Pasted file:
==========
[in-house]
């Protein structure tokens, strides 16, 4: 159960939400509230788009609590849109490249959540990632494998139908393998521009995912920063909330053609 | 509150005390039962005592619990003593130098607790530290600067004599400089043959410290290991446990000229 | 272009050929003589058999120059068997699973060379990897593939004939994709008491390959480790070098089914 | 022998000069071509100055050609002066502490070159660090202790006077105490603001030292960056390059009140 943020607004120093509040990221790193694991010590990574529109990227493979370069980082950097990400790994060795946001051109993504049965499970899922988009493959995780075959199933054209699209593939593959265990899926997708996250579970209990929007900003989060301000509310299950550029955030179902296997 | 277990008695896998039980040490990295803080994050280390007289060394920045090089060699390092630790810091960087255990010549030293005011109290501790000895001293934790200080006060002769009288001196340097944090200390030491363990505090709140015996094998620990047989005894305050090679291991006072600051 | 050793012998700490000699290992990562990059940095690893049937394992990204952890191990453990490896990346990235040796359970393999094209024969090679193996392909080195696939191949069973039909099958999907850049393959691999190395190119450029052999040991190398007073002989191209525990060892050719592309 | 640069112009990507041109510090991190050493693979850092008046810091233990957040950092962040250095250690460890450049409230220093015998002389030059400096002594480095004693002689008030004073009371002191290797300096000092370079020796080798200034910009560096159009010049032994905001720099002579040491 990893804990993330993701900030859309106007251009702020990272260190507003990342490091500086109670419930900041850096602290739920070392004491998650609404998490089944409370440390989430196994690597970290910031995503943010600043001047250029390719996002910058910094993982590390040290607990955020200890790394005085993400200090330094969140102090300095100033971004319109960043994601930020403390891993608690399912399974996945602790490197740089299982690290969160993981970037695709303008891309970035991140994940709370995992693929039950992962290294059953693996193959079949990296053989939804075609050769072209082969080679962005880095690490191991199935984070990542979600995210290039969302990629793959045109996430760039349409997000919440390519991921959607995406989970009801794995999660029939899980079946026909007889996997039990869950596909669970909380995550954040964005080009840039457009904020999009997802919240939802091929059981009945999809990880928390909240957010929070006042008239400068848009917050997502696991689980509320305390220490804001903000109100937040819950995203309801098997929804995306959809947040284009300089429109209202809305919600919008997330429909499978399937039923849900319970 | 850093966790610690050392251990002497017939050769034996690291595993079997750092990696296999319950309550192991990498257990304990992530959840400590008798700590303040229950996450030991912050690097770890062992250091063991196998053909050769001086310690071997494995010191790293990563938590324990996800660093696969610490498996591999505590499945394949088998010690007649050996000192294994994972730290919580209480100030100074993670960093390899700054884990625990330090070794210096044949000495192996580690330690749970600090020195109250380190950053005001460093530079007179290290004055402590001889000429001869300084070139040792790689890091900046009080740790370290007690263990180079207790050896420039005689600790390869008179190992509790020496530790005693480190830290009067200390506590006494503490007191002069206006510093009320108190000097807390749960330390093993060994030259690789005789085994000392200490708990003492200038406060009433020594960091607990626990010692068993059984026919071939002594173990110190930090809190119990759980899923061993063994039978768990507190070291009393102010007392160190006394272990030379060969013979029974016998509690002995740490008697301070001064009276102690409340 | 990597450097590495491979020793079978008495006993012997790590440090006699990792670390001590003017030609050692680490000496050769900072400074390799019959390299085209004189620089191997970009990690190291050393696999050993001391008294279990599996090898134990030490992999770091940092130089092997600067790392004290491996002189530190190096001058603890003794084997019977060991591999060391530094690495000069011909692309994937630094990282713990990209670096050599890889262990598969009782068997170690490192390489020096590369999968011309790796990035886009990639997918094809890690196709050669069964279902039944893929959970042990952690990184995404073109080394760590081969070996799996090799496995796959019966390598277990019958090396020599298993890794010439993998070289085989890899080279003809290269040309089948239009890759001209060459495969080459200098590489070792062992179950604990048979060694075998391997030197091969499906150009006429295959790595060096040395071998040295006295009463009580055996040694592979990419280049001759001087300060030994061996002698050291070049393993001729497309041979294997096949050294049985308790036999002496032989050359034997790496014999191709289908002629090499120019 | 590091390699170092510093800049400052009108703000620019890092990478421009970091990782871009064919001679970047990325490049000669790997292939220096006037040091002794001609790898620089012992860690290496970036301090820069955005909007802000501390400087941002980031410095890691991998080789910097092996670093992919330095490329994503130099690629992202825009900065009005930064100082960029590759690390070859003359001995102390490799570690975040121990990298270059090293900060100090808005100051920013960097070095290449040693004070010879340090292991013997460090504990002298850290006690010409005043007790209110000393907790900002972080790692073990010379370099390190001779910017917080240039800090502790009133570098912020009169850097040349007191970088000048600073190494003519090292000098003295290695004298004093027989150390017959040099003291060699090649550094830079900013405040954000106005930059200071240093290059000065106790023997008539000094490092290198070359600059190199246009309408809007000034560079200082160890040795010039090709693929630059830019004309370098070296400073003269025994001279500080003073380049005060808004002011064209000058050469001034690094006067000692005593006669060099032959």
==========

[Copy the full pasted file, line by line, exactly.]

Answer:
[in-house]
């Protein structure tokens, strides 16, 4: 159960939400509230788009609590849109490249959540990632494998139908393998521009995912920063909330053609 | 509150005390039962005592619990003593130098607790530290600067004599400089043959410290290991446990000229 | 272009050929003589058999120059068997699973060379990897593939004939994709008491390959480790070098089914 | 022998000069071509100055050609002066502490070159660090202790006077105490603001030292960056390059009140 943020607004120093509040990221790193694991010590990574529109990227493979370069980082950097990400790994060795946001051109993504049965499970899922988009493959995780075959199933054209699209593939593959265990899926997708996250579970209990929007900003989060301000509310299950550029955030179902296997 | 277990008695896998039980040490990295803080994050280390007289060394920045090089060699390092630790810091960087255990010549030293005011109290501790000895001293934790200080006060002769009288001196340097944090200390030491363990505090709140015996094998620990047989005894305050090679291991006072600051 | 050793012998700490000699290992990562990059940095690893049937394992990204952890191990453990490896990346990235040796359970393999094209024969090679193996392909080195696939191949069973039909099958999907850049393959691999190395190119450029052999040991190398007073002989191209525990060892050719592309 | 640069112009990507041109510090991190050493693979850092008046810091233990957040950092962040250095250690460890450049409230220093015998002389030059400096002594480095004693002689008030004073009371002191290797300096000092370079020796080798200034910009560096159009010049032994905001720099002579040491 990893804990993330993701900030859309106007251009702020990272260190507003990342490091500086109670419930900041850096602290739920070392004491998650609404998490089944409370440390989430196994690597970290910031995503943010600043001047250029390719996002910058910094993982590390040290607990955020200890790394005085993400200090330094969140102090300095100033971004319109960043994601930020403390891993608690399912399974996945602790490197740089299982690290969160993981970037695709303008891309970035991140994940709370995992693929039950992962290294059953693996193959079949990296053989939804075609050769072209082969080679962005880095690490191991199935984070990542979600995210290039969302990629793959045109996430760039349409997000919440390519991921959607995406989970009801794995999660029939899980079946026909007889996997039990869950596909669970909380995550954040964005080009840039457009904020999009997802919240939802091929059981009945999809990880928390909240957010929070006042008239400068848009917050997502696991689980509320305390220490804001903000109100937040819950995203309801098997929804995306959809947040284009300089429109209202809305919600919008997330429909499978399937039923849900319970 | 850093966790610690050392251990002497017939050769034996690291595993079997750092990696296999319950309550192991990498257990304990992530959840400590008798700590303040229950996450030991912050690097770890062992250091063991196998053909050769001086310690071997494995010191790293990563938590324990996800660093696969610490498996591999505590499945394949088998010690007649050996000192294994994972730290919580209480100030100074993670960093390899700054884990625990330090070794210096044949000495192996580690330690749970600090020195109250380190950053005001460093530079007179290290004055402590001889000429001869300084070139040792790689890091900046009080740790370290007690263990180079207790050896420039005689600790390869008179190992509790020496530790005693480190830290009067200390506590006494503490007191002069206006510093009320108190000097807390749960330390093993060994030259690789005789085994000392200490708990003492200038406060009433020594960091607990626990010692068993059984026919071939002594173990110190930090809190119990759980899923061993063994039978768990507190070291009393102010007392160190006394272990030379060969013979029974016998509690002995740490008697301070001064009276102690409340 | 990597450097590495491979020793079978008495006993012997790590440090006699990792670390001590003017030609050692680490000496050769900072400074390799019959390299085209004189620089191997970009990690190291050393696999050993001391008294279990599996090898134990030490992999770091940092130089092997600067790392004290491996002189530190190096001058603890003794084997019977060991591999060391530094690495000069011909692309994937630094990282713990990209670096050599890889262990598969009782068997170690490192390489020096590369999968011309790796990035886009990639997918094809890690196709050669069964279902039944893929959970042990952690990184995404073109080394760590081969070996799996090799496995796959019966390598277990019958090396020599298993890794010439993998070289085989890899080279003809290269040309089948239009890759001209060459495969080459200098590489070792062992179950604990048979060694075998391997030197091969499906150009006429295959790595060096040395071998040295006295009463009580055996040694592979990419280049001759001087300060030994061996002698050291070049393993001729497309041979294997096949050294049985308790036999002496032989050359034997790496014999191709289908002629090499120019 | 590091390699170092510093800049400052009108703000620019890092990478421009970091990782871009064919001679970047990325490049000669790997292939220096006037040091002794001609790898620089012992860690290496970036301090820069955005909007802000501390400087941002980031410095890691991998080789910097092996670093992919330095490329994503130099690629992202825009900065009005930064100082960029590759690390070859003359001995102390490799570690975040121990990298270059090293900060100090808005100051920013960097070095290449040693004070010879340090292991013997460090504990002298850290006690010409005043007790209110000393907790900002972080790692073990010379370099390190001779910017917080240039800090502790009133570098912020009169850097040349007191970088000048600073190494003519090292000098003295290695004298004093027989150390017959040099003291060699090649550094830079900013405040954000106005930059200071240093290059000065106790023997008539000094490092290198070359600059190199246009309408809007000034560079200082160890040795010039090709693929630059830019004309370098070296400073003269025994001279500080003073380049005060808004002011064209000058050469001034690094006067000692005593006669060099032959």